Investors are always chasing outperformance. We want our stocks to not only do well, but also to perform better than a market index such as the S&P 500. After all, why take on more risk by investing in individual stocks, if you're not going to outperform an index?
The last month or so has seen huge volatility in the market, and the S&P has dropped 11% since its recent top on July 21. But some stocks didn't merely outperform; they actually gained on an absolute scale! So which ones have been the outperformers, and which might be likely to repeat the feat if the market continues its downward bent?
I ran a screen to see which stocks had gained in price since July 21. But I also wanted stocks that were cheap, to limit my downside, so I screened for P/Es below 10. I came up with 64 stocks in total; here are six of them.
|Annaly Capital (NYS: NLY)||2.6%||6.8||14.2%|
|American Capital Agency (NAS: AGNC)||0.5%||4.6||18.8%|
|Whiting USA Trust 1 (NYS: WHX)||4.4%||6.7||18.1%|
|Terra Nitrogen (NYS: TNH)||11.7%||9.1||8.7%|
|Central Fund of Canada (ASE: CEF)||2.5%||2.2*||0%|
|LDK Solar (NYS: LDK)||5.6%||2.3||0%|
Source: Capital IQ, a division of Standard & Poor's. Price change from July 21 to Aug. 15.
*P/E based on appreciation of fund assets.
There's plenty of evidence suggesting that dividend stocks outperform, and we have some other evidence of that here, with dividend stars numbering among the best and cheapest performers.
One group of outperformers has been the mortgage REITs, such as Annaly and American Capital Agency. These stocks tend to perform well when the rest of the market is faring poorly, since they rely on low interest rates to fund their operations. And with business conditions improving even further, as I explain here, it looks like smooth sailing for these real estate investment trusts.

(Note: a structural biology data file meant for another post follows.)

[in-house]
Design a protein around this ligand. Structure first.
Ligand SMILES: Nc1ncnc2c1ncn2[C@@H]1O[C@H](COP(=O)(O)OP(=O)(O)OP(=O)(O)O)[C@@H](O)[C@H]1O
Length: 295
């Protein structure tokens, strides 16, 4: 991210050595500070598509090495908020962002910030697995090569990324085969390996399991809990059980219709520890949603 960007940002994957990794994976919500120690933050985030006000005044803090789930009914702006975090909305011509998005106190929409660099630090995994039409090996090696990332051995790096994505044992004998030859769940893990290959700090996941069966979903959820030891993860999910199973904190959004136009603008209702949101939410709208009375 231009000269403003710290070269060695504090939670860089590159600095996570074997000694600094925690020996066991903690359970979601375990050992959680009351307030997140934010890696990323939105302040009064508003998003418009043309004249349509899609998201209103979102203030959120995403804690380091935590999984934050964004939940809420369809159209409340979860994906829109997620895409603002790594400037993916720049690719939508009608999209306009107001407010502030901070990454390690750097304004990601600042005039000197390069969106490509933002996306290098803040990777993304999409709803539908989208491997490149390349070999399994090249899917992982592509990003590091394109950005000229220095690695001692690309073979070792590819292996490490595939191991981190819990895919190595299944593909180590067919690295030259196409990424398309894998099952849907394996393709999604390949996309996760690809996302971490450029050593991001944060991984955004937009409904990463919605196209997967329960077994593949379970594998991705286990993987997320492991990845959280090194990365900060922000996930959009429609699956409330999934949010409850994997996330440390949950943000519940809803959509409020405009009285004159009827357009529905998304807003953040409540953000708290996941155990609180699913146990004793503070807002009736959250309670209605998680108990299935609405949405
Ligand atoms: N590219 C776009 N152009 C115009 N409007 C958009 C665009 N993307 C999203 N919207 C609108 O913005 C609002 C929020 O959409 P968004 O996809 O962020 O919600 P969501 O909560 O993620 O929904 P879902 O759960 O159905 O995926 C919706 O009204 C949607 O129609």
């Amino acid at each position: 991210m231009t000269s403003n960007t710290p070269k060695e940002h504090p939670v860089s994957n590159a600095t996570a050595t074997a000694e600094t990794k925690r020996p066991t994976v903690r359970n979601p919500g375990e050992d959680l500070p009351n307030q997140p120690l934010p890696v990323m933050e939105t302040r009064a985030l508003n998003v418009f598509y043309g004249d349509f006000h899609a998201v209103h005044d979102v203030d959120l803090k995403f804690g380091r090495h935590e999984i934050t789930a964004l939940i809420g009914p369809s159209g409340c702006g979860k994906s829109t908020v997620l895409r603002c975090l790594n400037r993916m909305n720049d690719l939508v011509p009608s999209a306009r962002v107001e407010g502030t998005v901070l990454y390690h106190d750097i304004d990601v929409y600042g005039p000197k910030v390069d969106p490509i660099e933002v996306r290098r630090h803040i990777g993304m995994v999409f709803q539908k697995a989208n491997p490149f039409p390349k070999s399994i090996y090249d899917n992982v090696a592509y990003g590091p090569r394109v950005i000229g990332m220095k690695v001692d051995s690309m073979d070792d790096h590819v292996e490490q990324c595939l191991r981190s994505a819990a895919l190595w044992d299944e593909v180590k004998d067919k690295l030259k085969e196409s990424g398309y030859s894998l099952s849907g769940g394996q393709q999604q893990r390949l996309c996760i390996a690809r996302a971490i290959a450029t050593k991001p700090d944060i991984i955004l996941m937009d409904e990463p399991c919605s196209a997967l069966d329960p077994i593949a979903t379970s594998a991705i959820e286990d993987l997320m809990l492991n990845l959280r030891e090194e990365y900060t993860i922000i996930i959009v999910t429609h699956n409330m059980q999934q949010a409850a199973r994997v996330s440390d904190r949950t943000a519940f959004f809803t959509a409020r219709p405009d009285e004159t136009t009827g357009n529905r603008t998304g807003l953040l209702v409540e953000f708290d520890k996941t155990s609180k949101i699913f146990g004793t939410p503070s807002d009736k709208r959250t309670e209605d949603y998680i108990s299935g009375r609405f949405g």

Whiting USA Trust 1 is also a REIT, and pays out income it receives from parent Whiting Petroleum Company (NYS: WLL) . The trust receives 90% of the net proceeds from Whiting's interests in various oil and gas properties across the United States. The trust will terminate as soon as it accrues proceeds from 8.2 million barrels of oil equivalent cumulatively. That figure stood at 3.9 million as of the end of 2010.
Terra Nitrogen produces and distributes nitrogen fertilizer products, and it looks like the attractive yield as well as tight industry dynamics have been driving up the share price.
Central Fund of Canada is a closed-end fund that invests in gold and silver bullion. With gold rising in recent times, as investors run for the hills, it's not too surprising that a name like this makes the list.
LDK develops and manufactures photovoltaic products used in solar-energy projects. The company recently bounced on news that it was involved in a 20-megawatt project with Chinese utility Datang International. And the company looks well positioned to score some sales from a 550-megawatt project in California, according to Fool Anders Bylund.
Foolish bottom line
While stocks can go up and down for many reasons, it's useful to know why they're moving, if you can determine it. Then you can potentially exploit the movement. Whereas I'm less sanguine about commodities names going into a soft spot in the economy, I'm particularly bullish on mortgage REITs like Annaly. Tough conditions for the economy actually help these guys out. Stable low interest rates are a boon to these players, and I think they can continue gushing their dividends to shareholders, despite carnage in the broader market. So keep an eye on these stocks with our watchlist feature:
- Add Whiting Petroleum to My Watchlist.
- Add Whiting USA Trust I to My Watchlist.
- Add Terra Nitrogen to My Watchlist.
- Add Annaly Capital Management to My Watchlist.
- Add LDK Solar to My Watchlist.
- Add Central Fund of Canada to My Watchlist.
- Add American Capital Agency to My Watchlist.
At the time this article was published Jim Royal, Ph.D., owns shares of Annaly. The Motley Fool owns shares of Annaly Capital Management. Try any of our Foolish newsletter services free for 30 days. We Fools don't all hold the same opinions, but we all believe that considering a diverse range of insights makes us better investors. The Motley Fool has a disclosure policy.
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